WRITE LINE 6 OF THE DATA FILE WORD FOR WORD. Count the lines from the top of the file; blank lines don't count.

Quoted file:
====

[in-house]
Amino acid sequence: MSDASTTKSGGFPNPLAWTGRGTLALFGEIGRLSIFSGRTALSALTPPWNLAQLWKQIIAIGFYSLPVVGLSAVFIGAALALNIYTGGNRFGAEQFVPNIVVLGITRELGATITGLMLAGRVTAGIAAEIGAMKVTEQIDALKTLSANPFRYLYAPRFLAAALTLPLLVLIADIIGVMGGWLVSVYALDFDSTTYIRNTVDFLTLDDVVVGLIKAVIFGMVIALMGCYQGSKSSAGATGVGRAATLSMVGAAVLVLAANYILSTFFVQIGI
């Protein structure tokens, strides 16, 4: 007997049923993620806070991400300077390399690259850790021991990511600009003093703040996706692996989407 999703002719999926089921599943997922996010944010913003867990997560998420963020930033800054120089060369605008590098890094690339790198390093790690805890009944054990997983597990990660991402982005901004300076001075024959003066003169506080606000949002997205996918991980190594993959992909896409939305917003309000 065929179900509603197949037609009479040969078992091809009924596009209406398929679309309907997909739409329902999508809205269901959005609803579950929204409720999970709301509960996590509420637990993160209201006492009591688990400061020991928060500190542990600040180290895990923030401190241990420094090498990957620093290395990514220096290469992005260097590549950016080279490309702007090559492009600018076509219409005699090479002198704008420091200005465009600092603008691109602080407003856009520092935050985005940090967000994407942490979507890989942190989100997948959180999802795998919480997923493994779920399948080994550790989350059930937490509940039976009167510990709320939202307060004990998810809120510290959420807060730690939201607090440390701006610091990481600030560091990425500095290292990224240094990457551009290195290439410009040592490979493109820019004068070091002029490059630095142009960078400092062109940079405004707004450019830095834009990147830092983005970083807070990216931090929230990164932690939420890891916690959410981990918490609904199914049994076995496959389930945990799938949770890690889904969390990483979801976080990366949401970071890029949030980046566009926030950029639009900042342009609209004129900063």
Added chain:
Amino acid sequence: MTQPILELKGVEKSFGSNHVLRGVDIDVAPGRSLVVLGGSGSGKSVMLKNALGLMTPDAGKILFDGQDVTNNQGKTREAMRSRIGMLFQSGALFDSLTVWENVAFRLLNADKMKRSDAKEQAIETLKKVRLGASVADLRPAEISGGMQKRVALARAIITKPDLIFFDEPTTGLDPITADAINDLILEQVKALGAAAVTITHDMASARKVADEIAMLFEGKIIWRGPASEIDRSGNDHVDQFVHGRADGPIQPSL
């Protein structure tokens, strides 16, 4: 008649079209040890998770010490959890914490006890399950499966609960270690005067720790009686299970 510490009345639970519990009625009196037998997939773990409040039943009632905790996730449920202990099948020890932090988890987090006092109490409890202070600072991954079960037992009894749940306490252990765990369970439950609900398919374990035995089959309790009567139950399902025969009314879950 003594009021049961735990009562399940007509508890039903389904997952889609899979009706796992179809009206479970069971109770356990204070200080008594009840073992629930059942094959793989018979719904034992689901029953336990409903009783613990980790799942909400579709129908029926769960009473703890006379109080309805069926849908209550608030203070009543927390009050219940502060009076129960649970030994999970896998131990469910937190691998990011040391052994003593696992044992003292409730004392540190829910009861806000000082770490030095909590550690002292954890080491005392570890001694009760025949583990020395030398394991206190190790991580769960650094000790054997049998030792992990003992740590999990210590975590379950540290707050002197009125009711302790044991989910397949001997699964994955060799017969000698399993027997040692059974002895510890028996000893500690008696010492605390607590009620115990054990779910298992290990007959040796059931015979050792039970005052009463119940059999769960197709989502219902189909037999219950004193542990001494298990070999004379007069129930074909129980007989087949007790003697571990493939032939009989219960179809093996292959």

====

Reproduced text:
């Protein structure tokens, strides 16, 4: 008649079209040890998770010490959890914490006890399950499966609960270690005067720790009686299970 510490009345639970519990009625009196037998997939773990409040039943009632905790996730449920202990099948020890932090988890987090006092109490409890202070600072991954079960037992009894749940306490252990765990369970439950609900398919374990035995089959309790009567139950399902025969009314879950 003594009021049961735990009562399940007509508890039903389904997952889609899979009706796992179809009206479970069971109770356990204070200080008594009840073992629930059942094959793989018979719904034992689901029953336990409903009783613990980790799942909400579709129908029926769960009473703890006379109080309805069926849908209550608030203070009543927390009050219940502060009076129960649970030994999970896998131990469910937190691998990011040391052994003593696992044992003292409730004392540190829910009861806000000082770490030095909590550690002292954890080491005392570890001694009760025949583990020395030398394991206190190790991580769960650094000790054997049998030792992990003992740590999990210590975590379950540290707050002197009125009711302790044991989910397949001997699964994955060799017969000698399993027997040692059974002895510890028996000893500690008696010492605390607590009620115990054990779910298992290990007959040796059931015979050792039970005052009463119940059999769960197709989502219902189909037999219950004193542990001494298990070999004379007069129930074909129980007989087949007790003697571990493939032939009989219960179809093996292959």